Low Back Pain Be Gone!

This article is not about becoming President or commanding others. Rather, it is about how to get into a position of power in the weight room for athletic performance. We have all heard about the almighty posterior chain for quite some time now, but the thing is, most people can’t access this ‘chain’. So many of my members at my gym have terrible posture and are only used to using their quads when trying to pick something up. This is probably due to sitting around most of their time leading to kyphosis (rounded upper back in the thoracic region) and most of them have become so used to ‘bending at the back’ to pick things up. These two problems combined, lead to position in which all power is lost. Force is then transmitted through a rounded spine and worse; they are relying mainly on their quads to try and get that ‘arched and neutral’ lower back that we are after. This is impossible and will not lead to any strength or power development. So what do we do to correct this problem?

These exercises that I will show and describe below can and should be used by everyone. For a novice, this would be a part of the main workout. For an advanced guy, this would be part of the warm up. I am coming off two herniated discs and these movements were key in being able to continue my training and restoring lumbar health. Ok, here we go. The first progression is just a kneeling hip extension. For this, you will kneel on the ground and simply drive your butt back to your ankles, maintain, lumbar extension and ‘low back arch’ the entire time. We normally do this for higher reps, 20-25.

The second move that I came up with a little over a year ago will work wonders for any athletes or people that cannot seem to get the low back arch and correct hip extension. I have found that if we try to go right into some kind of simple pick up move, either RDL, picking up a kettlebell or even band good mornings, most people bend at the back, thus a lack of power potential. You can tell them until you are blue in the face all the correct cues, but 90% of the time, it will not work. I have them perform a ‘plate RDL’ in which they are holding 25 pound plates at their hips, with their back to a wall. Normally we want the feet about 1 foot or less away from the wall. Now I have the athlete bring the plates down to their feet without (very important!) letting them come off the side of the legs. This will gently and easily put the athlete into hip extension and then I instruct them to keep driving their butt back until it touches the wall. Another point would be to have the majority of the bodyweight on the heels during this. If it looks good and they are feeling a stretch in the back of their hammies, then right on, you are good to go.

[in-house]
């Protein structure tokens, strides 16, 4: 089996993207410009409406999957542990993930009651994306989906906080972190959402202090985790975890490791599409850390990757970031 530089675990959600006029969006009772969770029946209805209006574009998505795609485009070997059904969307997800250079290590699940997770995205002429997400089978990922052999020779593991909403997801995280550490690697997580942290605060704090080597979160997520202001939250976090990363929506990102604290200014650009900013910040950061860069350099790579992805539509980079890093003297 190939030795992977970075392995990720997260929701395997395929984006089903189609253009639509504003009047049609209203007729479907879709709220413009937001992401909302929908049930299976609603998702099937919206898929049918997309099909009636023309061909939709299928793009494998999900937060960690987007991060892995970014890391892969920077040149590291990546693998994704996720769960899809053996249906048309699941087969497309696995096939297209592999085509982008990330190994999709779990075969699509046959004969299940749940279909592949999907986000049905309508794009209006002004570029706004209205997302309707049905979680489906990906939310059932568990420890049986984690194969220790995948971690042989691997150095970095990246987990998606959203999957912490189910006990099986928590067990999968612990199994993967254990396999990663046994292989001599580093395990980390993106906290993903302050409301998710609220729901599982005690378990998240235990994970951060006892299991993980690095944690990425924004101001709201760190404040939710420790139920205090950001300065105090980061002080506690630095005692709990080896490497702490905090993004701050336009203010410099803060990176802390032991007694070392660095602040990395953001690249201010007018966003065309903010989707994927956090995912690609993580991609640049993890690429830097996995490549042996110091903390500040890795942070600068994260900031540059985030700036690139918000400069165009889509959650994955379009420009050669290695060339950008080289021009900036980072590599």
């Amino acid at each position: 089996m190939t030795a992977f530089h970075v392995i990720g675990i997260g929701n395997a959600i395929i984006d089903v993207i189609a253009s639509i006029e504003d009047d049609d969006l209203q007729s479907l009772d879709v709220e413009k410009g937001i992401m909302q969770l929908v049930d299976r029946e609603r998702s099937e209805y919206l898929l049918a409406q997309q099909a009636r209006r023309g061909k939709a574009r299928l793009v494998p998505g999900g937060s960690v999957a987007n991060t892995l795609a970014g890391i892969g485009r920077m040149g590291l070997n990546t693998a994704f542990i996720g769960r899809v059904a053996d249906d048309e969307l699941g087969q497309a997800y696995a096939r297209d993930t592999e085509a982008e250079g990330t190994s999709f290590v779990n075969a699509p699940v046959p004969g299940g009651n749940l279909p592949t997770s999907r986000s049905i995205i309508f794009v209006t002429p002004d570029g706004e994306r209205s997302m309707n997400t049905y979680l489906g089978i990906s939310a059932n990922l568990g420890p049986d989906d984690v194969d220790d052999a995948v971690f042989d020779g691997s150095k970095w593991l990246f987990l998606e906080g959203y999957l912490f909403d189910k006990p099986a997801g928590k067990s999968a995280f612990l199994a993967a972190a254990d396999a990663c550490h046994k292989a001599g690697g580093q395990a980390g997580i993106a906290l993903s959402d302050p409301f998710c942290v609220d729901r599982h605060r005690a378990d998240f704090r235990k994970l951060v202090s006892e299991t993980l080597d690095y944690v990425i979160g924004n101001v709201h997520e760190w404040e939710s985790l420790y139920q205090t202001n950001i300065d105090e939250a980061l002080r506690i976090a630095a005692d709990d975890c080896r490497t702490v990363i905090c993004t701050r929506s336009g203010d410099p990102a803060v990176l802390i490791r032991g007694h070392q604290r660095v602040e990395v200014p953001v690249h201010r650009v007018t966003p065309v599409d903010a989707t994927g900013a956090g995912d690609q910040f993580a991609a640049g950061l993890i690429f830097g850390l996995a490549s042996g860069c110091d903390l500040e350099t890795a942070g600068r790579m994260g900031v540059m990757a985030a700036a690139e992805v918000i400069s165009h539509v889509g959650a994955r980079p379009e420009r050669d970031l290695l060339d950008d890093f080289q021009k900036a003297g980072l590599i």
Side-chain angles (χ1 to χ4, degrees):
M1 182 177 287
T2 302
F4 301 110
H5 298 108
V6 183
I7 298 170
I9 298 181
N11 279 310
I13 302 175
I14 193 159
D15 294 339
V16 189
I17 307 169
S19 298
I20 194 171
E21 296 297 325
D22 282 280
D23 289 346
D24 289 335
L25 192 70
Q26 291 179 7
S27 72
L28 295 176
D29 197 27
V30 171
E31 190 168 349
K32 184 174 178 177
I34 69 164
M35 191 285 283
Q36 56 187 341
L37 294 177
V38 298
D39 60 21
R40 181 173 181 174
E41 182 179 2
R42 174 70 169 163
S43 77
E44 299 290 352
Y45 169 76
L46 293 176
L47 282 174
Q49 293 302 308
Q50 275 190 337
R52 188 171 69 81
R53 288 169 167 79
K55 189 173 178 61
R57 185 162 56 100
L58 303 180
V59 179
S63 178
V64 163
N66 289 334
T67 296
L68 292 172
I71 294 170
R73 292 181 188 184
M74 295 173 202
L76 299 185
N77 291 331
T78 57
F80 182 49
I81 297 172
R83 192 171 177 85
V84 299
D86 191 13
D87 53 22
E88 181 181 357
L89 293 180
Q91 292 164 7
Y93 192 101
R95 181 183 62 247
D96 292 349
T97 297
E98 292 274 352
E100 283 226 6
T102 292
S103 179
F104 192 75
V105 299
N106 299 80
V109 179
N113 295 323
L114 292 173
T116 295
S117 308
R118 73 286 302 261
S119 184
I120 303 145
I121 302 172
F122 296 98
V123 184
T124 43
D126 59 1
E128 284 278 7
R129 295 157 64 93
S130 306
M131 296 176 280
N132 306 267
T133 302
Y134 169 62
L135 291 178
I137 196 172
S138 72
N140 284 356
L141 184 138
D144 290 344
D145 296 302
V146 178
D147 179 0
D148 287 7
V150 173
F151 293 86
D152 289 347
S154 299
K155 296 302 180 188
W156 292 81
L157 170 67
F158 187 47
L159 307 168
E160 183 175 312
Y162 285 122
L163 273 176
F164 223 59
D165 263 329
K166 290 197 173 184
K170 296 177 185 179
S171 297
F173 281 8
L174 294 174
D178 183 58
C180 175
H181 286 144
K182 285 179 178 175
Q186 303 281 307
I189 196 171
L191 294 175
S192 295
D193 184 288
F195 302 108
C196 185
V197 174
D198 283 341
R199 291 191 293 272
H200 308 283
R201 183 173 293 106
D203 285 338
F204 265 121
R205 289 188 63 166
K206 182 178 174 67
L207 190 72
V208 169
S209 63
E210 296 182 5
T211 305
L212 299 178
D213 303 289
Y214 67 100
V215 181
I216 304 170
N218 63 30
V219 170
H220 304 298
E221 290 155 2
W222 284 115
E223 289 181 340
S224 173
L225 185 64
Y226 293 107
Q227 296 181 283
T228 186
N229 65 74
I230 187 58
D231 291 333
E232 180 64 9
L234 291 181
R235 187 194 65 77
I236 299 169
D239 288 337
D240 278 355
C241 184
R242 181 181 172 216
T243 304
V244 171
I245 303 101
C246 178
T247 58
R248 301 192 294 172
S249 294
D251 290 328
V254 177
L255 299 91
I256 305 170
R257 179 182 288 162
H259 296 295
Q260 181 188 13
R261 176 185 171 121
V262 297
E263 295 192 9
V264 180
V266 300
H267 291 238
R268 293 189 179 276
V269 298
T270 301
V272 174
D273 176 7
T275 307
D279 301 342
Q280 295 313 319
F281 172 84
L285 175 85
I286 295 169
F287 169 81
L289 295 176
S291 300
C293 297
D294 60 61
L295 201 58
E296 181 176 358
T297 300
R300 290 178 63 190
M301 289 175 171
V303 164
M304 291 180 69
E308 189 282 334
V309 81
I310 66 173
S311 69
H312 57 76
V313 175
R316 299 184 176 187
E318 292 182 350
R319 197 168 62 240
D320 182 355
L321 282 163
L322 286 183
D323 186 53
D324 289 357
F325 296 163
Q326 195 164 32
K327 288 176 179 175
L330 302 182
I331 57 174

Finally, another great move to teach hip extension and a ‘position of power’ is the kettlebell hip drive. You simply hold the kettlebell behind you with both hands. I instruct to only move the kettlebell by driving your butt back into it. Keep the chin up, low back in extension and shoulder blades pulled together. Once again, go for a stretch in the back of the legs.

I know that everyone wants to start with heavy squats and deadlifts, but it will all be useless and dangerous if you can’t recruit and activate your posterior chain and get into hip extension. These progressions work for anyone and I can tell you first hand, as I said above, they can be great strength and rehab work for those of you with disc problems. See, nothing to do with being president, told you!